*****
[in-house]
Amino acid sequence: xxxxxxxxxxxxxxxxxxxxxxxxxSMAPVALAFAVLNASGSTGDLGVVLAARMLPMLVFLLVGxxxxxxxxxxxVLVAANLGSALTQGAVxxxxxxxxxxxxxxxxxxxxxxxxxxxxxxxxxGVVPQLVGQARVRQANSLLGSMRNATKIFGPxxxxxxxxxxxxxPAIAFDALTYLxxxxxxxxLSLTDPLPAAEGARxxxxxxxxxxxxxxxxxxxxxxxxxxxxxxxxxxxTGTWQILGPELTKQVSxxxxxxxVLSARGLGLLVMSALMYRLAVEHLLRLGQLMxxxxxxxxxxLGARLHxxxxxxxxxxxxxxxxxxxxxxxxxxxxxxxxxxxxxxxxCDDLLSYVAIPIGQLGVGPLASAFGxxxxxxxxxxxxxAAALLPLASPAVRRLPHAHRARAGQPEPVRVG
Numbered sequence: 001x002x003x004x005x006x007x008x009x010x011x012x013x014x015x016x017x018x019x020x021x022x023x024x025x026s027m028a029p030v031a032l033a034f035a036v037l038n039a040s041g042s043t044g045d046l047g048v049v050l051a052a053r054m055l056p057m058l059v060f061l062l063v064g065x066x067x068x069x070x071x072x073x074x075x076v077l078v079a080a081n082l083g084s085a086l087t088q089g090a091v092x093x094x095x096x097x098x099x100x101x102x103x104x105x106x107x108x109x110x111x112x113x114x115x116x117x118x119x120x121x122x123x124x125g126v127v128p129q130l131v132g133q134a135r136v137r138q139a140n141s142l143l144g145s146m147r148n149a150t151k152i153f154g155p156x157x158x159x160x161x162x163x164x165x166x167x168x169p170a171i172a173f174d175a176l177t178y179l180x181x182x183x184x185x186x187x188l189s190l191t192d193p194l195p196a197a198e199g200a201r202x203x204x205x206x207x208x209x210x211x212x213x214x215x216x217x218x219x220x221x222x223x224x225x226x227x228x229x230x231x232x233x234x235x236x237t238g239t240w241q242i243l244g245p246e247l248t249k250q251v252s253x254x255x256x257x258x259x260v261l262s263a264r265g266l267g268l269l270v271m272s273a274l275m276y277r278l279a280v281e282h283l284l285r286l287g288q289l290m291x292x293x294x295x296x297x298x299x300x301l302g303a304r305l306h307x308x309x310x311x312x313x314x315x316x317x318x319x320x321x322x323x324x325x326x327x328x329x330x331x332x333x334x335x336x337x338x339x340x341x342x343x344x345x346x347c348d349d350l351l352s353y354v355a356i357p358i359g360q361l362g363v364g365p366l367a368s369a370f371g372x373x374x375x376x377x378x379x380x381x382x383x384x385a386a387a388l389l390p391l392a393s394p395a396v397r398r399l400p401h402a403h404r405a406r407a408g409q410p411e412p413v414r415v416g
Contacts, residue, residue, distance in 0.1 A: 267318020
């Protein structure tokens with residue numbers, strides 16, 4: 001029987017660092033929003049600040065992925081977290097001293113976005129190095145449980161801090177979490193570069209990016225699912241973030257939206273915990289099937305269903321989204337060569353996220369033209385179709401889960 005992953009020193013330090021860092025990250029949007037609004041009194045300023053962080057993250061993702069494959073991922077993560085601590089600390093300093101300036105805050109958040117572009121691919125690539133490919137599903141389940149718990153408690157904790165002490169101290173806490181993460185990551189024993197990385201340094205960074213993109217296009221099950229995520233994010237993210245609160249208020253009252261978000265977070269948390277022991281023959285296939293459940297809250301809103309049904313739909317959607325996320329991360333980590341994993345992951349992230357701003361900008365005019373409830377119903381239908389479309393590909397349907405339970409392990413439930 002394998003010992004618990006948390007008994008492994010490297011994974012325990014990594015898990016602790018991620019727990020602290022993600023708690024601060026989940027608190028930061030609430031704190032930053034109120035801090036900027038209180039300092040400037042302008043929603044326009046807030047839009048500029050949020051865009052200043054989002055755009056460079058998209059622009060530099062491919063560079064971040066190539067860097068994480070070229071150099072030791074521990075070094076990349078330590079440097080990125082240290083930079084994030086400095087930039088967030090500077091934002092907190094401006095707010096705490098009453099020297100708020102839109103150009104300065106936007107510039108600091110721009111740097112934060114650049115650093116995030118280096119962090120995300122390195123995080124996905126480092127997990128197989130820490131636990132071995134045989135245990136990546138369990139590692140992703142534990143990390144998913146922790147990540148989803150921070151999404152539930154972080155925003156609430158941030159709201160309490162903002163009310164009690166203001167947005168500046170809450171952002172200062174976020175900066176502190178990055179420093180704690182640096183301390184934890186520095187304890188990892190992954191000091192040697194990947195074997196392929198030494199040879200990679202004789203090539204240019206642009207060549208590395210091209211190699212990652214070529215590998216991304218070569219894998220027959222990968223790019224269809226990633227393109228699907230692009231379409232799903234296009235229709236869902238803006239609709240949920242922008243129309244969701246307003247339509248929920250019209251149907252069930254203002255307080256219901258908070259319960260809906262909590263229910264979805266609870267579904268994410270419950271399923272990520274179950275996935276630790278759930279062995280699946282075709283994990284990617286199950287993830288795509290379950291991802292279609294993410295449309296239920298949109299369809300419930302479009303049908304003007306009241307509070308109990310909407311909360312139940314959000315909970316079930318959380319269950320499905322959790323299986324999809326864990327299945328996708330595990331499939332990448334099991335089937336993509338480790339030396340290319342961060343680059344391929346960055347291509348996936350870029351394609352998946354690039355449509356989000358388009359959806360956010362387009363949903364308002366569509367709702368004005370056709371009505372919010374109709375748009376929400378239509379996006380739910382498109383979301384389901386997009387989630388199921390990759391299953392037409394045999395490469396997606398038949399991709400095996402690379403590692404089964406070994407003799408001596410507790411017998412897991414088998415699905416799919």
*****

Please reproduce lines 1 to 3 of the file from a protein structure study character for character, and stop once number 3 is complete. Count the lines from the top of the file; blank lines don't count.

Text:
[in-house]
Amino acid sequence: xxxxxxxxxxxxxxxxxxxxxxxxxSMAPVALAFAVLNASGSTGDLGVVLAARMLPMLVFLLVGxxxxxxxxxxxVLVAANLGSALTQGAVxxxxxxxxxxxxxxxxxxxxxxxxxxxxxxxxxGVVPQLVGQARVRQANSLLGSMRNATKIFGPxxxxxxxxxxxxxPAIAFDALTYLxxxxxxxxLSLTDPLPAAEGARxxxxxxxxxxxxxxxxxxxxxxxxxxxxxxxxxxxTGTWQILGPELTKQVSxxxxxxxVLSARGLGLLVMSALMYRLAVEHLLRLGQLMxxxxxxxxxxLGARLHxxxxxxxxxxxxxxxxxxxxxxxxxxxxxxxxxxxxxxxxCDDLLSYVAIPIGQLGVGPLASAFGxxxxxxxxxxxxxAAALLPLASPAVRRLPHAHRARAGQPEPVRVG
Numbered sequence: 001x002x003x004x005x006x007x008x009x010x011x012x013x014x015x016x017x018x019x020x021x022x023x024x025x026s027m028a029p030v031a032l033a034f035a036v037l038n039a040s041g042s043t044g045d046l047g048v049v050l051a052a053r054m055l056p057m058l059v060f061l062l063v064g065x066x067x068x069x070x071x072x073x074x075x076v077l078v079a080a081n082l083g084s085a086l087t088q089g090a091v092x093x094x095x096x097x098x099x100x101x102x103x104x105x106x107x108x109x110x111x112x113x114x115x116x117x118x119x120x121x122x123x124x125g126v127v128p129q130l131v132g133q134a135r136v137r138q139a140n141s142l143l144g145s146m147r148n149a150t151k152i153f154g155p156x157x158x159x160x161x162x163x164x165x166x167x168x169p170a171i172a173f174d175a176l177t178y179l180x181x182x183x184x185x186x187x188l189s190l191t192d193p194l195p196a197a198e199g200a201r202x203x204x205x206x207x208x209x210x211x212x213x214x215x216x217x218x219x220x221x222x223x224x225x226x227x228x229x230x231x232x233x234x235x236x237t238g239t240w241q242i243l244g245p246e247l248t249k250q251v252s253x254x255x256x257x258x259x260v261l262s263a264r265g266l267g268l269l270v271m272s273a274l275m276y277r278l279a280v281e282h283l284l285r286l287g288q289l290m291x292x293x294x295x296x297x298x299x300x301l302g303a304r305l306h307x308x309x310x311x312x313x314x315x316x317x318x319x320x321x322x323x324x325x326x327x328x329x330x331x332x333x334x335x336x337x338x339x340x341x342x343x344x345x346x347c348d349d350l351l352s353y354v355a356i357p358i359g360q361l362g363v364g365p366l367a368s369a370f371g372x373x374x375x376x377x378x379x380x381x382x383x384x385a386a387a388l389l390p391l392a393s394p395a396v397r398r399l400p401h402a403h404r405a406r407a408g409q410p411e412p413v414r415v416g